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Unfortunately, despair comes into the life of every human being at some time or another. Loss, pain and disappointment are more frequently recognized today as contributors to mental illnesses. But however suffering is categorized, all are a part of the human condition and may sometimes lead to suicidal thoughts.

One potential way around stigma is to frame suicide prevention for youth and adults from the perspective of help-seeking. Telling a trusted friend or counselor about one’s depression, anxiety and crisis provides opportunities for internal fears and pain to be expressed in a supportive context. The pressure of keeping this painful and sometimes shameful secret is reduced by the presence of a non-anxious caring helper. Theorists, clinicians and experienced helpers agree suicidal thinking intensifies when it is kept secret. It becomes an endless cycle of negative thought, which spirals over time into the belief suicide is the only logical option. This cycle can be broken by someone who can listen well and know what to do next.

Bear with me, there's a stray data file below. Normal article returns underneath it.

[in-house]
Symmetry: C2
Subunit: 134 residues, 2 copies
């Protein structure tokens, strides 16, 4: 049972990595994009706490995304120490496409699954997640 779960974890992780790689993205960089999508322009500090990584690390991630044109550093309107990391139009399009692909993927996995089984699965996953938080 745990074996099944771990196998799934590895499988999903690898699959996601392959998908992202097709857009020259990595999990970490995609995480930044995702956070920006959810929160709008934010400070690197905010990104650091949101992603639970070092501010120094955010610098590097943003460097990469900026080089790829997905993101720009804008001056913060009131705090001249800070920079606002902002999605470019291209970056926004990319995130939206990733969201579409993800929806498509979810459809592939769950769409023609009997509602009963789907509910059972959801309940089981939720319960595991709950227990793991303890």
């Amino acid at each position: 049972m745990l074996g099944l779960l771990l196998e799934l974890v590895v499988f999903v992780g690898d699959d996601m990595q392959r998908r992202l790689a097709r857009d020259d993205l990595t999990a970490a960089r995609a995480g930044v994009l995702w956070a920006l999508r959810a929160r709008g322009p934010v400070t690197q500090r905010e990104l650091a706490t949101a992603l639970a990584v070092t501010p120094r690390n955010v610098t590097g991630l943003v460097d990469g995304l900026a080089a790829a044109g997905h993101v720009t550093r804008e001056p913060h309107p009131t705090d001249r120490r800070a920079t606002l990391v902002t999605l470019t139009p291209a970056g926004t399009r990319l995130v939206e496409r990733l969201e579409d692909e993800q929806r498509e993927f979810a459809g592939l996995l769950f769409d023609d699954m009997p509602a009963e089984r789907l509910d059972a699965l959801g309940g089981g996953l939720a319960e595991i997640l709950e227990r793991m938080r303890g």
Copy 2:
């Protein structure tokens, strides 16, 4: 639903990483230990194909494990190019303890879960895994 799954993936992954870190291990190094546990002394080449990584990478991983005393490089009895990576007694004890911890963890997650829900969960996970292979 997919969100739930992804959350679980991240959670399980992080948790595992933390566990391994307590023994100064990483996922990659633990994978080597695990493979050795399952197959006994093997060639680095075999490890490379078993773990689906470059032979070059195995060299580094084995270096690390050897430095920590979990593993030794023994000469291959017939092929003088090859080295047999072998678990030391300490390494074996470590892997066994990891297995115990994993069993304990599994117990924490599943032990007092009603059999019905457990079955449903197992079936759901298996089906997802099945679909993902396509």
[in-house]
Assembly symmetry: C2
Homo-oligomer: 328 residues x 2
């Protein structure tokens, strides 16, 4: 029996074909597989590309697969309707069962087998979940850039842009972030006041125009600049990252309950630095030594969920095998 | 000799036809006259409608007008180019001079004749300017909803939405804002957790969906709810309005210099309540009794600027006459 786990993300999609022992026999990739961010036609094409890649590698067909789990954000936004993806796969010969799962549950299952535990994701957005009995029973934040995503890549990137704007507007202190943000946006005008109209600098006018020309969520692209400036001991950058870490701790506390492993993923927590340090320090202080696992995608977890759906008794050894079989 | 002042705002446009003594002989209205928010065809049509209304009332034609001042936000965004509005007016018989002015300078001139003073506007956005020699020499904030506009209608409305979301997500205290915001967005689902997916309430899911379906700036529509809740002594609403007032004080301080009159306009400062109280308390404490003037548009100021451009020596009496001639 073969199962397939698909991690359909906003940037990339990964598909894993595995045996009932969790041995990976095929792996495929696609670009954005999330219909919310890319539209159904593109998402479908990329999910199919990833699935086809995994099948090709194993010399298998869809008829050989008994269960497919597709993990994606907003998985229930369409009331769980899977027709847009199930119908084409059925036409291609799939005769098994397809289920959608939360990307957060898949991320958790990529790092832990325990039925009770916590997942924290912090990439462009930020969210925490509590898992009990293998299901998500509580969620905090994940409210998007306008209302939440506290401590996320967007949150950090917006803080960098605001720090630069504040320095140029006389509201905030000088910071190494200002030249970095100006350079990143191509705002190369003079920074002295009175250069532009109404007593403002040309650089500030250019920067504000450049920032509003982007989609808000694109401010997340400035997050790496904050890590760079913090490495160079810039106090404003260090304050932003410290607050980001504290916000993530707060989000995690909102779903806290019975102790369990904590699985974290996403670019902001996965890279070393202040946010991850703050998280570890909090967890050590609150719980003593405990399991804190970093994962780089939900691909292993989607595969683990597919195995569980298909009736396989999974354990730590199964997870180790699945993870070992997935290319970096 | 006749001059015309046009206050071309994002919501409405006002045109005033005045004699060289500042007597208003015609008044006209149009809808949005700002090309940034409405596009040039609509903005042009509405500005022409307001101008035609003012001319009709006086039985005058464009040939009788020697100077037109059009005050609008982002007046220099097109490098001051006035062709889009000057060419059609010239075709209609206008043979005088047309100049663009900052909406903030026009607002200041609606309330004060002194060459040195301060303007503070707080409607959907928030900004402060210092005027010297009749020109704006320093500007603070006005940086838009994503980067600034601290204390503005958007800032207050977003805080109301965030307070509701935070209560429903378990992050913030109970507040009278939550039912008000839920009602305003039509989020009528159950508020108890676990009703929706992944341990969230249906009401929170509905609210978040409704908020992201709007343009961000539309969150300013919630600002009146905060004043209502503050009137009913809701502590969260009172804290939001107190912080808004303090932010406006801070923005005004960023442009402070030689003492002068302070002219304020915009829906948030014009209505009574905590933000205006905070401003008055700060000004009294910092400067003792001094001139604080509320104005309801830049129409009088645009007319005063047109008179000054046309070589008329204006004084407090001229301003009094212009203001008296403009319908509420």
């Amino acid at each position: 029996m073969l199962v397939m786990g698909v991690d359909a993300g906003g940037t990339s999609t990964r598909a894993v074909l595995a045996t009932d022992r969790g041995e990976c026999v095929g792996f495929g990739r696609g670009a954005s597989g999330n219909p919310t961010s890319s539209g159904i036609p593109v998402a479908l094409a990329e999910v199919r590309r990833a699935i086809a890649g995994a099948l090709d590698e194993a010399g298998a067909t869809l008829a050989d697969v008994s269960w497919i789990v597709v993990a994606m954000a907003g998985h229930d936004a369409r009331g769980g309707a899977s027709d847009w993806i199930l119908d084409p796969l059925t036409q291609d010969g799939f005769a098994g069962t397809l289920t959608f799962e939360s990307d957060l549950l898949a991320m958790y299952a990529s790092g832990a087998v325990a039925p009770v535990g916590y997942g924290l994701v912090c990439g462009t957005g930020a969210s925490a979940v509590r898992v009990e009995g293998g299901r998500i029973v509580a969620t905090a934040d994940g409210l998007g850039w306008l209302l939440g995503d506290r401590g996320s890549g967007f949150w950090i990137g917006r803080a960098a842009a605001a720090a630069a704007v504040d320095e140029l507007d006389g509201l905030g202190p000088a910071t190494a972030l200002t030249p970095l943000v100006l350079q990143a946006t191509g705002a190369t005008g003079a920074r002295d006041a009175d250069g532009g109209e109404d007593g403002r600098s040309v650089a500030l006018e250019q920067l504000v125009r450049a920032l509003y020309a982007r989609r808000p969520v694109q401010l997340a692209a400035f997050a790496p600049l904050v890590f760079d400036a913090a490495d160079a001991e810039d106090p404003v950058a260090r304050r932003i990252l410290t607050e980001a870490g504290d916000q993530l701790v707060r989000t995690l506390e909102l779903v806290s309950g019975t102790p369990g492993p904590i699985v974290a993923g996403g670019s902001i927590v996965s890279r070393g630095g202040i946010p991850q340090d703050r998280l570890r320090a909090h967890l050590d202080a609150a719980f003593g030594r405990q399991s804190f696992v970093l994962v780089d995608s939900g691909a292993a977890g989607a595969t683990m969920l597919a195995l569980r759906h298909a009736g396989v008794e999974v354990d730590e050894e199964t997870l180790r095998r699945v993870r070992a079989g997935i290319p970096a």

So the question is, how does a helper become non-anxious? How does a helper remain present, supportive and caring? The answer is simple. Practice. Face-to-face skill-based training provides helpful steps for a conversation, includes saying the word “suicide” out loud and offers specific options for helpers on what to do next when the person admits to having suicidal thoughts.

Skill-based programs, like safeTALK and Applied Suicide Intervention Skills Training (ASIST) can build awareness that suicide may be a possibility and give confidence to ask and know what to do when the answer is “yes.” Other programs like LivingWorks Faith can help ministry leaders to consider other upstream suicide prevention and offer post-suicidal behavior care in ministry settings. These are the elements of life saving and life promotion.

Like CPR training, more people in our homes, workplaces, schools, communities and places of worship need to be trained to step into this intimidating and frightening space, ask the suicide question and connect calmly and compassionately with an individual to save their life.